Monday night NBC's Bob Faw argued that if Jefferson can be on Mount Rushmore "despite being sexually active with a subordinate, it might put Mr. Clinton's conduct with a certain intern in a different light." On CNBC's Upfront Tonight Geraldo Rivera promised: "We'll expose Thomas Jefferson's Sallygate."

     First, the November 2 NBC Nightly News story and then on to the morning shows. Bob Faw explained how the test results showed that Jefferson is the father of Hemings' youngest son, Eston. Faw then ruminated about how the disclosure might help Clinton:
     "Jefferson's defenders say the tests merely show a mortal who sinned, a great man with ordinary weakness, a real human being.... And if the test results mean Jefferson is now regarded as what one scholar calls 'a '90s kind of guy,' the White House must be smiling. After all, if Bill Clinton's favorite President could end up on Mount Rushmore and the $2 dollar bill despite being sexually active with a subordinate, it might put Mr. Clinton's conduct with a certain intern in a different light."
     Joseph Ellis, historian: "It gives Clinton additional cover and makes it more difficult to be as critical of this kind of behavior."
     Faw concluded: "It might not explain how someone who owned slaves could write the Declaration of Independence, but historians agree it does reveal another self-evident truth: that heroes, even Presidents, aren't saints. They're flesh and blood."

     After the same story ran on CNBC's Upfront Tonight, Geraldo Rivera added: "Amen."

     -- ABC's Good Morning America. MRC analyst Jessica Anderson noted this joking opening from Kevin Newman: "Now a story about a President, a woman young enough to be his daughter, and DNA tests that show they probably had an affair. In this case, the President is Thomas Jefferson. DNA evidence now concludes that America's third President probably fathered at least one child with a slave named Sally Hemings. Now that has shocked some historians, but not our guests this morning."

     -- CBS This Morning. Thalia Assuras interviewed Jefferson descendant Julia Jefferson Westerinen and historian Joseph Ellis, who tied the finding to Clinton, as transcribed by MRC analyst Brian Boyd: "Well, I think Jefferson has impeccable timing. He always has, he emerges at moments. I think he's going to help Bill Clinton in his impeachment hearings. I think this news suggests that the kind of personal sexual relationships of Presidents has a long pedigree. But I also think, I agree with Julia, I think that he is coming back to us to tell us that we have always been and are again now one people."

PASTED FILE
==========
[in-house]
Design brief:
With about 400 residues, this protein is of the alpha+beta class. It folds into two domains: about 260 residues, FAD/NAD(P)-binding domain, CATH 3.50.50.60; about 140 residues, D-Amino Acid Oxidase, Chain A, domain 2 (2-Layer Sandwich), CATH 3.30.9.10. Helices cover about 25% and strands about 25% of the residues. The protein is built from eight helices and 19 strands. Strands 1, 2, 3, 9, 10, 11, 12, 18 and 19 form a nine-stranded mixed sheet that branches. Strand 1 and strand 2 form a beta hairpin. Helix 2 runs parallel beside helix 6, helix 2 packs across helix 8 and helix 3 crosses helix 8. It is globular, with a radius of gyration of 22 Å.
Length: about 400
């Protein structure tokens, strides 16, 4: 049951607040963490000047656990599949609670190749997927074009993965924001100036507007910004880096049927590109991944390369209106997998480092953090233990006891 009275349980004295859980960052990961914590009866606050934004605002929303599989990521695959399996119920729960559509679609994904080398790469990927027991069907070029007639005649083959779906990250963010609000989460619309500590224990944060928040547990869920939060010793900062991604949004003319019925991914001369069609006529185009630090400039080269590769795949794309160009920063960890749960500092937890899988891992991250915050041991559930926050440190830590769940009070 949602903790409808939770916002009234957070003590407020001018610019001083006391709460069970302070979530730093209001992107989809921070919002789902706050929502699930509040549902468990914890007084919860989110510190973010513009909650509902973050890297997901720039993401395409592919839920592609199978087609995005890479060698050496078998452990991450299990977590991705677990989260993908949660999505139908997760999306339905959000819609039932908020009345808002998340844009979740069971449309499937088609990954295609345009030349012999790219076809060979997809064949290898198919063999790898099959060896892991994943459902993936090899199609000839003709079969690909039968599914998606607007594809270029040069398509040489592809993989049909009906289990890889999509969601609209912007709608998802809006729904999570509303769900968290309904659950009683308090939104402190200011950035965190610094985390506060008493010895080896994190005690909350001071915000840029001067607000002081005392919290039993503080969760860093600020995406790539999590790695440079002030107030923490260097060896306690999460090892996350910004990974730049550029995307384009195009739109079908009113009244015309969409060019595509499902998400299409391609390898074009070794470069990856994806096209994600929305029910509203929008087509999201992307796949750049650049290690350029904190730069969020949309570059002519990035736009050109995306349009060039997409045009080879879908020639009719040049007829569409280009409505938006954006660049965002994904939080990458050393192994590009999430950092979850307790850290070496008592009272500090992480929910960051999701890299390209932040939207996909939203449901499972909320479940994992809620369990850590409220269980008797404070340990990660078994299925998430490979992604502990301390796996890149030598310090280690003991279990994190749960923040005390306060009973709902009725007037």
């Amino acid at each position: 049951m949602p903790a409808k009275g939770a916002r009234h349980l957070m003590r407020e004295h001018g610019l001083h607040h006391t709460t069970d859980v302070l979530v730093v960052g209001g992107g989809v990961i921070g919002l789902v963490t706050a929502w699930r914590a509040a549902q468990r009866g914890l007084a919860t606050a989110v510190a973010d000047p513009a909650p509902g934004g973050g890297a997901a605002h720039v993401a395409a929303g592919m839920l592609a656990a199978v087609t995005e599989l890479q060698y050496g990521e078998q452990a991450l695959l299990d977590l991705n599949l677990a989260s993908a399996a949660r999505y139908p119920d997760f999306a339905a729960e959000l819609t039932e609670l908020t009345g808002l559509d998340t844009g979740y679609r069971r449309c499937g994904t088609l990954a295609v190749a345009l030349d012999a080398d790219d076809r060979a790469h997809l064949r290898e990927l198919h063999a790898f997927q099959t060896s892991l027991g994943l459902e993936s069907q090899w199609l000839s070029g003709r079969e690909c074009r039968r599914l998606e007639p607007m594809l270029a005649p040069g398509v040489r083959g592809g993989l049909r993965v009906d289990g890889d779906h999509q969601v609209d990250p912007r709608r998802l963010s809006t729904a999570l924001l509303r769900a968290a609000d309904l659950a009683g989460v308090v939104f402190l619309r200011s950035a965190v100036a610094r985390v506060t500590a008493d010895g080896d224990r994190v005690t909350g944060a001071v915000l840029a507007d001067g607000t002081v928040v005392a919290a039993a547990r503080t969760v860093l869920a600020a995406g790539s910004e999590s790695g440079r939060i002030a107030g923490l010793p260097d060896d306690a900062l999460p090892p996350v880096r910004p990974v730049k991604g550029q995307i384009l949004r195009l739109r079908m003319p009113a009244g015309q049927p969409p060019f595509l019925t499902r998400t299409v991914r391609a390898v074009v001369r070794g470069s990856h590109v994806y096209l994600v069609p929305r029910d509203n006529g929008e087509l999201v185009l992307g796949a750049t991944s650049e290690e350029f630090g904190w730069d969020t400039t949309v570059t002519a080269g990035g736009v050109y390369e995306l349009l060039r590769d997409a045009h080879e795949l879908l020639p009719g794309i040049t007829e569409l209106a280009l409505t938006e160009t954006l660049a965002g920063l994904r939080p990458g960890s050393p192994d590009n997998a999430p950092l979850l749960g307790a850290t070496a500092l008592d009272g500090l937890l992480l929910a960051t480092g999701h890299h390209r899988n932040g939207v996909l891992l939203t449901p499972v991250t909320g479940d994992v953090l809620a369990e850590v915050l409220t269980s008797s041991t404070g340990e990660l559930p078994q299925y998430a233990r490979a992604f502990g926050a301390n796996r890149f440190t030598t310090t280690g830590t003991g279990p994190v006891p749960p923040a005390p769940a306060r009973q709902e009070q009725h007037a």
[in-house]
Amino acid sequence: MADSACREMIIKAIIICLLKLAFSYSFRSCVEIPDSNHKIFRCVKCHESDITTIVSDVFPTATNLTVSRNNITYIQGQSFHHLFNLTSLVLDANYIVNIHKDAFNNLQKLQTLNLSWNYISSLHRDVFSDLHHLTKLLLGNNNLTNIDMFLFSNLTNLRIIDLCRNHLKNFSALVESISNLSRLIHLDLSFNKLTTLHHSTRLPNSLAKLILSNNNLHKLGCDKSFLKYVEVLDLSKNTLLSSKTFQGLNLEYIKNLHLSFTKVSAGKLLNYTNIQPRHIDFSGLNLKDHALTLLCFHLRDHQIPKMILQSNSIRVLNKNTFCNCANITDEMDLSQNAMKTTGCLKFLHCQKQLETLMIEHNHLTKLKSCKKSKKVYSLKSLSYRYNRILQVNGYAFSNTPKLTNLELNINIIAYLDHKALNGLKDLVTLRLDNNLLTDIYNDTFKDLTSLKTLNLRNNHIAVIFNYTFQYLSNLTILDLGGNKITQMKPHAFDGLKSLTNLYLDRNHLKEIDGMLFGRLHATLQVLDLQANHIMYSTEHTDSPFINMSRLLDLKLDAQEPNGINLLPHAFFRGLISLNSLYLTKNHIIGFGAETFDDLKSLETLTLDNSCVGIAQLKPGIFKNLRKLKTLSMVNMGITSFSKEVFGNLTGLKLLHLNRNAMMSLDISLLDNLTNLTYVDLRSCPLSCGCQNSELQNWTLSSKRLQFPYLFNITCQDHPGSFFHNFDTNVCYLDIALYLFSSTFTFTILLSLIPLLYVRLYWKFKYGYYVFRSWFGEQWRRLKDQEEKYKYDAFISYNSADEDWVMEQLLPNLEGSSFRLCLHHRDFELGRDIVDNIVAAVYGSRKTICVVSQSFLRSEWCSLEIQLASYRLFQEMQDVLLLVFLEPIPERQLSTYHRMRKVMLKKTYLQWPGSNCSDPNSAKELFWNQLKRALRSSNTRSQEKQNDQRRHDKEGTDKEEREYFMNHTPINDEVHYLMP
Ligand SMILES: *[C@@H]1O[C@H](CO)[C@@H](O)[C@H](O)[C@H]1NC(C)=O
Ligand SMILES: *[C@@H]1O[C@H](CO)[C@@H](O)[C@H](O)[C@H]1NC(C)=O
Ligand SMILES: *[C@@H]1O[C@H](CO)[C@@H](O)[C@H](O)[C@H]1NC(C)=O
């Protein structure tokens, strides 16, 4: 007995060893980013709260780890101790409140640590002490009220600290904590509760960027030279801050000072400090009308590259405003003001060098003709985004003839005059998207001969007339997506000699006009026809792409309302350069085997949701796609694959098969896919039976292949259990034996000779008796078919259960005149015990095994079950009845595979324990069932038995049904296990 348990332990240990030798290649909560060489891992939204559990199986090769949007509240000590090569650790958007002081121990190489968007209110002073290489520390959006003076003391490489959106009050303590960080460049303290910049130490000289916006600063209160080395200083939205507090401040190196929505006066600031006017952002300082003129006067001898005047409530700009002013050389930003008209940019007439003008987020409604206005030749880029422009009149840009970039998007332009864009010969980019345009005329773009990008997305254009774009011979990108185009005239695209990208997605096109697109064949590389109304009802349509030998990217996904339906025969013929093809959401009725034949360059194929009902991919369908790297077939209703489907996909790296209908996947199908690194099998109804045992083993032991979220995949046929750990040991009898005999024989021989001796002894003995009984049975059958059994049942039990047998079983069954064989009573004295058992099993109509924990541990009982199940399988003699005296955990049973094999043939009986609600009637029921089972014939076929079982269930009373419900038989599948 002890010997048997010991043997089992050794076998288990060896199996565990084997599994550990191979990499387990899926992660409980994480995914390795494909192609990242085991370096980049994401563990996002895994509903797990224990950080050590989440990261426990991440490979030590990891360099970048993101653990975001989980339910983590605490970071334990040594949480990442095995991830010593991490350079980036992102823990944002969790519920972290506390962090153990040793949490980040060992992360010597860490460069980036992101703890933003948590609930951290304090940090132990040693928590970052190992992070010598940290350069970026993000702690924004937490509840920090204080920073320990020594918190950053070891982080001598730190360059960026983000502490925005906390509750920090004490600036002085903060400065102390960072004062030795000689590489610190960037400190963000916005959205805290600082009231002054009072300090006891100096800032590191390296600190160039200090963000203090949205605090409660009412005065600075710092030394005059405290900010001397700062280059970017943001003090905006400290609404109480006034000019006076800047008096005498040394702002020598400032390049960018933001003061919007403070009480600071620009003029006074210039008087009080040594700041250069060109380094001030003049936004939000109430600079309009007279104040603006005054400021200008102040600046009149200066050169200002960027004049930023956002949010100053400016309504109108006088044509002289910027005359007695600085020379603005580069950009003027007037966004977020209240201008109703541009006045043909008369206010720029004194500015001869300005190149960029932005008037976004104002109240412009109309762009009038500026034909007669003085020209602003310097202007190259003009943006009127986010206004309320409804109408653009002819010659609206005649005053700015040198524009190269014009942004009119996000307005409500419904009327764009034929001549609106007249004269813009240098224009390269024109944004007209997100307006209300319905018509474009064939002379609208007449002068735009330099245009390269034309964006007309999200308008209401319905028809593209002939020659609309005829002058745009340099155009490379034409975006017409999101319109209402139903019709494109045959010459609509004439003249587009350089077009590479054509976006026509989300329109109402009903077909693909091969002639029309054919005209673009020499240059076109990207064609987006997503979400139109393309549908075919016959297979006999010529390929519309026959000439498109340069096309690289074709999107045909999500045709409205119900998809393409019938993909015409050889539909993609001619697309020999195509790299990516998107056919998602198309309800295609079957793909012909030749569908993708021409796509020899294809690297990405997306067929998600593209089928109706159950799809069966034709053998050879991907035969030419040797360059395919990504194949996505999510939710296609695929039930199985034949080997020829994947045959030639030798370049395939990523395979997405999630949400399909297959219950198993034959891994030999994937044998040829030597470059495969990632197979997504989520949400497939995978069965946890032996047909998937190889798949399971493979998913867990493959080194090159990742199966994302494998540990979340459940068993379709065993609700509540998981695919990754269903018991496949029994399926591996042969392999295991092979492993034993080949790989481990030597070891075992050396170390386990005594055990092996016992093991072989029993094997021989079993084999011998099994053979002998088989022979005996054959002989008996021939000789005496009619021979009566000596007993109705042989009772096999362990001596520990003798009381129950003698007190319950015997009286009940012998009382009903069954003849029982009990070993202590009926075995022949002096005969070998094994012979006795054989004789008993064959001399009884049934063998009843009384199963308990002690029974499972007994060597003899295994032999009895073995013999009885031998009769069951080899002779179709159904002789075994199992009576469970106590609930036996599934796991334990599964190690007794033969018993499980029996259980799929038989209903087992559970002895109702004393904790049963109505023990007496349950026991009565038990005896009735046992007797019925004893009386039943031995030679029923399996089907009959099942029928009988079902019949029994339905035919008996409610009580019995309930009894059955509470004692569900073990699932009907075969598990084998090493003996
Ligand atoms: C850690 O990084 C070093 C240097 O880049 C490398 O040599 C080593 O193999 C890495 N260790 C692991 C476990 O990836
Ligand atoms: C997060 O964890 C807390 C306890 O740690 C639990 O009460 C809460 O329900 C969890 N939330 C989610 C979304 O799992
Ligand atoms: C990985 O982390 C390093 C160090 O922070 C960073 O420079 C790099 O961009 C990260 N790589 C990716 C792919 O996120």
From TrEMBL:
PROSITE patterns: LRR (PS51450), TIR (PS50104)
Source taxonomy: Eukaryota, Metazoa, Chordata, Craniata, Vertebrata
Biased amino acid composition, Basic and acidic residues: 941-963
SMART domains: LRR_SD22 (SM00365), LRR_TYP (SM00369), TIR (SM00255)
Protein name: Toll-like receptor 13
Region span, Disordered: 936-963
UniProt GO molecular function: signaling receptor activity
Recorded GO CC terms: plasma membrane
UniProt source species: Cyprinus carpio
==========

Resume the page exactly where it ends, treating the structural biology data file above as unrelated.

-- NBC's Today. Matt Lauer allowed Ellis to go at length about the similarities between Jefferson and Clinton, but he also highlighted the liberal politics of the historian in this interview excerpt transcribed by MRC analyst Geoffrey Dickens:

     Matt Lauer: "Let's fast forward to 1998 and what's going on in Washington right now. Obviously Thomas Jefferson is the favorite Founding Father of our current President for namesake. How does it impact the way we view the past transgressions of Bill Clinton?
     Joseph Ellis: "I think there are some rather stunning comparisons between Jefferson and Hemings and Lewinksy and Clinton. The age difference between them is about the same. They both were Presidents at the time. And I think that this is going to land on Clinton and the impeachment hearings in a way that's going to make impeachment less likely."
     Lauer, in a point not mentioned later in the day by Faw, observed: "Let me just point out one was married at the time the other was a widower at the time."
     Ellis: "Right. Jefferson would not be accused of adultery at all."
     Lauer: "But why do you think it's going to help Bill Clinton on the eve of impeachment inquiries?"
     Ellis: "There might be some conservative Republicans that call for us to tear down the Jefferson Memorial and say that Jefferson's been Clintonized. But most people are gonna say Jefferson is more human. President's have been doing this for as long as American history. And whenever anyone in American history has bet against Thomas Jefferson he's eventually lost."
     Lauer: "William Safire in the New York Times this morning writes an article and says that guys like you, the timing of this historical spin on this scientific evidence is intended simply to help Bill Clinton."
     Ellis: "Well not for me. I'm not necessarily a Bill Clinton fan. I'm trying to tell you that Bill Clinton happens to be one of the luckiest American politicians in the late 20th century."
     Lauer: "Were you one of the people over the weekend though that signed something based on a group called Historians in Defense of the Constitution calling for people not to go forward with impeachment hearings?"